Despite the fact that September is normally a weak month for cement sales, domestic cement demand rose 18.7 per cent YoY and 5 per cent MoM to 2.4Mt in September 2004, according to the Bank of Thailand.
Domestic cement demand has remained solid in the first nine months of this year, rising 13 per cent YoY to 20.5Mt. Strong growth is attributed to infrastructure projects as well as active construction of residential property. An indicator supporting cement demand growth is the total construction area permitted, which increased by 36 per cent YoY to 14.6Mm2 in the first eight months of this year.
The cement demand growth estimate this year is raised to 11 from 9 per cent, assuming that cement demand growth for the remaining three months will be 5 per cent. Cement demand growth in 2005 is maintained at 8 per cent, driven by the government’s plan to spend Bt1.5trn on infrastructure projects during the next five years. Assuming government spending of Bt100bn per year for these infrastructure projects during the next five years, cement demand would increase by about 1.3Mt, which is roughly equivalent to an additional 5 per cent cement demand growth per annum.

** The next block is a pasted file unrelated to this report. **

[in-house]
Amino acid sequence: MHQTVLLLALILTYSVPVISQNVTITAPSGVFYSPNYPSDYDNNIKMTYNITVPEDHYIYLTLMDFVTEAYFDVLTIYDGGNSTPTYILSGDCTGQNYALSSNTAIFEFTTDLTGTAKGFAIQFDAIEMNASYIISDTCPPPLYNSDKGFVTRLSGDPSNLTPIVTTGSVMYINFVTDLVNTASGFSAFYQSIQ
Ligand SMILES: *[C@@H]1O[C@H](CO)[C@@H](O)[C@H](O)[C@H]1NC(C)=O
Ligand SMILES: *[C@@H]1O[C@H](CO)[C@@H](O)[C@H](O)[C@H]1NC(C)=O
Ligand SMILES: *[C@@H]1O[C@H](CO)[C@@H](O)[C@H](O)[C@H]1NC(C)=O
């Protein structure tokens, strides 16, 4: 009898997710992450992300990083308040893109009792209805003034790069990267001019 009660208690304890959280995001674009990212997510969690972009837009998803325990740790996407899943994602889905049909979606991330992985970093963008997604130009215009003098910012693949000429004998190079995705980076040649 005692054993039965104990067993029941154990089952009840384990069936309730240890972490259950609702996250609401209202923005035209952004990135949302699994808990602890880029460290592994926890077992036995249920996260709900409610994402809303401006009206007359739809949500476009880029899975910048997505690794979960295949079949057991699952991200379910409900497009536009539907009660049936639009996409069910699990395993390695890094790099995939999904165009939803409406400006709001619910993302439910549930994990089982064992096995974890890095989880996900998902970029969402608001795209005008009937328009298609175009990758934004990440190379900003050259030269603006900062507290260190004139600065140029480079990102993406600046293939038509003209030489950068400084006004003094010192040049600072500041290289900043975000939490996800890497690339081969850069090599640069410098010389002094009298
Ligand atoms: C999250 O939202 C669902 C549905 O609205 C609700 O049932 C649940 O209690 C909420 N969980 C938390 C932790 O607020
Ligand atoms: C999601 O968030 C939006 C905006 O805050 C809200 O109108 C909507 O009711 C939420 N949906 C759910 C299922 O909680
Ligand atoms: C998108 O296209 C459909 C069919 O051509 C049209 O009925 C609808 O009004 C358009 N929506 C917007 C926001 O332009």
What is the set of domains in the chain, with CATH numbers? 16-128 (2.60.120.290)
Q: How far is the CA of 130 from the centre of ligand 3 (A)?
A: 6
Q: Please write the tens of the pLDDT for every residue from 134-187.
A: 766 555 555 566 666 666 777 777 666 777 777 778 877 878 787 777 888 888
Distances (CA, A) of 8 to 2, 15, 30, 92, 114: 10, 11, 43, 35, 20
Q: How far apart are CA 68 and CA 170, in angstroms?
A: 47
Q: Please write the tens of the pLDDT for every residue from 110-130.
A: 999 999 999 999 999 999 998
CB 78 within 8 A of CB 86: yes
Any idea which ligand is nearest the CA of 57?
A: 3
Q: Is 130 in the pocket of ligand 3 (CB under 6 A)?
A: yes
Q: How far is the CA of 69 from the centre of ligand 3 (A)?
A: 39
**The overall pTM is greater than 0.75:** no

Cement prices in the Bangkok metropolitan area continued to soften further by Bt30/t this month. Currently, wholesale cement prices are Bt1,795/t for mixed cement and Bt2,134/t for Portland cement.
Currently, cement companies are achieving an average price of Bt1,450/t for mixed cement versus the ex-factory price ceiling of Bt1,958/t, and average price of Bt1,770/t for Portland cement versus the ex-factory price of Bt2,294/t. This is the lowest level during the past two years.
Cement companies have now emphasized more on fighting brands, ie mortar cement, which has lower clinker content than mixed cement. The products are sold in the northern and northeastern parts of Thailand, which account for 30-40 per centof total sales.
Currently, mortar cement is priced Bt100-200/t lower than mixed cement.
The recent weakness in cement price is not considered as indicating a price war, since cement prices have been sustained at this level for the past three months. Rebates provided to dealers should be reduced in the near term.